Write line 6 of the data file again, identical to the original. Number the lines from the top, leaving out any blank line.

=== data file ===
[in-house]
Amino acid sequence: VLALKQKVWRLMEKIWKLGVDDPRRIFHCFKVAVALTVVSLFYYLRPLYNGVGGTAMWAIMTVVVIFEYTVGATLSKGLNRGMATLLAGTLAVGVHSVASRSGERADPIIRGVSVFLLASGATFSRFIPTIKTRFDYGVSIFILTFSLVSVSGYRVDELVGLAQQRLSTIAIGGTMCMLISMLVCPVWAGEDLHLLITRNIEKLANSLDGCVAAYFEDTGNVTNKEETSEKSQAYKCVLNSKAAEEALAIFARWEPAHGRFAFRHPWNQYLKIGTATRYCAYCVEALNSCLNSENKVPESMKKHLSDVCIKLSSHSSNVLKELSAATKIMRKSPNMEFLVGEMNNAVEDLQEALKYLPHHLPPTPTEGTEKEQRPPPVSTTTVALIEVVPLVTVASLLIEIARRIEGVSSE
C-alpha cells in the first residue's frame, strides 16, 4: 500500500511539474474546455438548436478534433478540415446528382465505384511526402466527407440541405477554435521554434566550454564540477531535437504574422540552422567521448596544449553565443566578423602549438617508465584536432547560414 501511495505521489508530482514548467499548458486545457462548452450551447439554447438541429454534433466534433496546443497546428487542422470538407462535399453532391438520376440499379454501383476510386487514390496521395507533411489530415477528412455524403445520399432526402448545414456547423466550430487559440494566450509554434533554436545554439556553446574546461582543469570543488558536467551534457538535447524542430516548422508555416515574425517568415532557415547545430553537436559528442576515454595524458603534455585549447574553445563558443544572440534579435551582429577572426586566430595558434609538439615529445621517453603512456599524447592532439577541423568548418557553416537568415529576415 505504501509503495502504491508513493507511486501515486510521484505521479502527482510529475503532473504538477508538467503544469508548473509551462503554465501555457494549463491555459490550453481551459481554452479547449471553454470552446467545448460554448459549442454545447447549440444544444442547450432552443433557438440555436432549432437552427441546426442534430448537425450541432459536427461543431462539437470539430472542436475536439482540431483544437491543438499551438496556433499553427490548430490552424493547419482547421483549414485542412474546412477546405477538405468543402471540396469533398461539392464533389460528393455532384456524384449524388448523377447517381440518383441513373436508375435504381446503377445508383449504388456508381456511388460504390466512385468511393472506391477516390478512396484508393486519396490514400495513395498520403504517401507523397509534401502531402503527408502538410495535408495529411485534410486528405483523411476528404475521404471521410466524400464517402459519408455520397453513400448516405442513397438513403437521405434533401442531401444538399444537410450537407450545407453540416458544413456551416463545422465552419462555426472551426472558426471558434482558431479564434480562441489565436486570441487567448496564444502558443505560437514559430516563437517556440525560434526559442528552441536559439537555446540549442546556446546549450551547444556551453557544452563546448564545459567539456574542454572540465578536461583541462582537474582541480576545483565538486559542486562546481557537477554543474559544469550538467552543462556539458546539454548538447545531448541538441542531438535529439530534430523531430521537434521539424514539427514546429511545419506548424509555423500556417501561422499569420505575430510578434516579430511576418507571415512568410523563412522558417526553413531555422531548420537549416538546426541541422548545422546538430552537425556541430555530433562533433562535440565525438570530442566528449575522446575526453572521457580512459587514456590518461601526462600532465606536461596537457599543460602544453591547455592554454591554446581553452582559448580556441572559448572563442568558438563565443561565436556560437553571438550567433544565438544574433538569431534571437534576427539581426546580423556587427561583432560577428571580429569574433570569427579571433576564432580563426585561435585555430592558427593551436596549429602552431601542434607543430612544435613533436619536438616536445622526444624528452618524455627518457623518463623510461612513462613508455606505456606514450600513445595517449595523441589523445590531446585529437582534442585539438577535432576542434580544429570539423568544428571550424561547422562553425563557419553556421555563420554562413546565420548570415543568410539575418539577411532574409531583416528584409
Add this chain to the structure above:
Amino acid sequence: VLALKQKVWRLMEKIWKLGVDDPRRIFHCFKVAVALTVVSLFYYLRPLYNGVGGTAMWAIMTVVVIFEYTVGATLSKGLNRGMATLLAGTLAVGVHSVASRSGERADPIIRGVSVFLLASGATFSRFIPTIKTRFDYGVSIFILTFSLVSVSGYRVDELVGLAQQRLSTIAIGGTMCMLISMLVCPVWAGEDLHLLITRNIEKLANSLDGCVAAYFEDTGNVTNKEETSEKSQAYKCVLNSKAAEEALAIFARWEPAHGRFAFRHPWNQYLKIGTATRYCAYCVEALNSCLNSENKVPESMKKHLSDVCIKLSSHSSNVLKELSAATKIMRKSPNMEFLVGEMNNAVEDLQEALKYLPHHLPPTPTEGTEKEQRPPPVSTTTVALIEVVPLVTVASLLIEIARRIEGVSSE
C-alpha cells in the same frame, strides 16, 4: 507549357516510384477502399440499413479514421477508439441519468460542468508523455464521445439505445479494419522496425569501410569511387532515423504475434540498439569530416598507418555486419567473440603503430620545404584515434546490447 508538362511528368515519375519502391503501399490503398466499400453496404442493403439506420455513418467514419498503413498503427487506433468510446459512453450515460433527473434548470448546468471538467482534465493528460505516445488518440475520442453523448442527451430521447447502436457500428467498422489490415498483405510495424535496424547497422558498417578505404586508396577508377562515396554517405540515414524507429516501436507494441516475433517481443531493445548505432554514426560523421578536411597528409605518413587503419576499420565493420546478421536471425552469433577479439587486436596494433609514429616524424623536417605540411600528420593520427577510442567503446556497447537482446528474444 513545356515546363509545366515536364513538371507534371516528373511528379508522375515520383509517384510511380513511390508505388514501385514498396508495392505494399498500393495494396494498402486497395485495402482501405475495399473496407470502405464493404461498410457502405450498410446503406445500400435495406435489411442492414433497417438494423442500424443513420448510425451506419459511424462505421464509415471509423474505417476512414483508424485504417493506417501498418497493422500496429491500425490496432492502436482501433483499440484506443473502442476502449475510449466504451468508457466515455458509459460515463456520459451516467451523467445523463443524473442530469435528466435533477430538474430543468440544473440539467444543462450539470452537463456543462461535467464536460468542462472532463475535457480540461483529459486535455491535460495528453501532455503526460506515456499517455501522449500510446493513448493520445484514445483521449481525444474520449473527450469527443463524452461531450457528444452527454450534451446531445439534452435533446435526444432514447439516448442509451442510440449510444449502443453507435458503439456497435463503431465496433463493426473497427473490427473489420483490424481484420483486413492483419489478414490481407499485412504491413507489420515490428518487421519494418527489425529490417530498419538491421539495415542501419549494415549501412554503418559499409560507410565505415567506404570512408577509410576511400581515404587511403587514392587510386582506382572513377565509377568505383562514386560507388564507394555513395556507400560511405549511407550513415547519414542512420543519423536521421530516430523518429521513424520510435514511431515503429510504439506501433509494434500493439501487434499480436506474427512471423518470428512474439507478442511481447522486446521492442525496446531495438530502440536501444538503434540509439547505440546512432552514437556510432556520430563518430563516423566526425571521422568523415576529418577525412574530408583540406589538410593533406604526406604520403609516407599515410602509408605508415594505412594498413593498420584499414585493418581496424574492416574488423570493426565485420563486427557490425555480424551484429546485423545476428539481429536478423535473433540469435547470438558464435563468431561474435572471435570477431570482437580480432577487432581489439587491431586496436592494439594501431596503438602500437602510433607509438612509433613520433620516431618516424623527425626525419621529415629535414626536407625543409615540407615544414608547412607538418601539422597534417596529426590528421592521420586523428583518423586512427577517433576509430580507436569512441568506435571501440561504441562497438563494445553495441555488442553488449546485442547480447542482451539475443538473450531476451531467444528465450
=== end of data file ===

C-alpha cells in the same frame, strides 16, 4: 507549357516510384477502399440499413479514421477508439441519468460542468508523455464521445439505445479494419522496425569501410569511387532515423504475434540498439569530416598507418555486419567473440603503430620545404584515434546490447 508538362511528368515519375519502391503501399490503398466499400453496404442493403439506420455513418467514419498503413498503427487506433468510446459512453450515460433527473434548470448546468471538467482534465493528460505516445488518440475520442453523448442527451430521447447502436457500428467498422489490415498483405510495424535496424547497422558498417578505404586508396577508377562515396554517405540515414524507429516501436507494441516475433517481443531493445548505432554514426560523421578536411597528409605518413587503419576499420565493420546478421536471425552469433577479439587486436596494433609514429616524424623536417605540411600528420593520427577510442567503446556497447537482446528474444 513545356515546363509545366515536364513538371507534371516528373511528379508522375515520383509517384510511380513511390508505388514501385514498396508495392505494399498500393495494396494498402486497395485495402482501405475495399473496407470502405464493404461498410457502405450498410446503406445500400435495406435489411442492414433497417438494423442500424443513420448510425451506419459511424462505421464509415471509423474505417476512414483508424485504417493506417501498418497493422500496429491500425490496432492502436482501433483499440484506443473502442476502449475510449466504451468508457466515455458509459460515463456520459451516467451523467445523463443524473442530469435528466435533477430538474430543468440544473440539467444543462450539470452537463456543462461535467464536460468542462472532463475535457480540461483529459486535455491535460495528453501532455503526460506515456499517455501522449500510446493513448493520445484514445483521449481525444474520449473527450469527443463524452461531450457528444452527454450534451446531445439534452435533446435526444432514447439516448442509451442510440449510444449502443453507435458503439456497435463503431465496433463493426473497427473490427473489420483490424481484420483486413492483419489478414490481407499485412504491413507489420515490428518487421519494418527489425529490417530498419538491421539495415542501419549494415549501412554503418559499409560507410565505415567506404570512408577509410576511400581515404587511403587514392587510386582506382572513377565509377568505383562514386560507388564507394555513395556507400560511405549511407550513415547519414542512420543519423536521421530516430523518429521513424520510435514511431515503429510504439506501433509494434500493439501487434499480436506474427512471423518470428512474439507478442511481447522486446521492442525496446531495438530502440536501444538503434540509439547505440546512432552514437556510432556520430563518430563516423566526425571521422568523415576529418577525412574530408583540406589538410593533406604526406604520403609516407599515410602509408605508415594505412594498413593498420584499414585493418581496424574492416574488423570493426565485420563486427557490425555480424551484429546485423545476428539481429536478423535473433540469435547470438558464435563468431561474435572471435570477431570482437580480432577487432581489439587491431586496436592494439594501431596503438602500437602510433607509438612509433613520433620516431618516424623527425626525419621529415629535414626536407625543409615540407615544414608547412607538418601539422597534417596529426590528421592521420586523428583518423586512427577517433576509430580507436569512441568506435571501440561504441562497438563494445553495441555488442553488449546485442547480447542482451539475443538473450531476451531467444528465450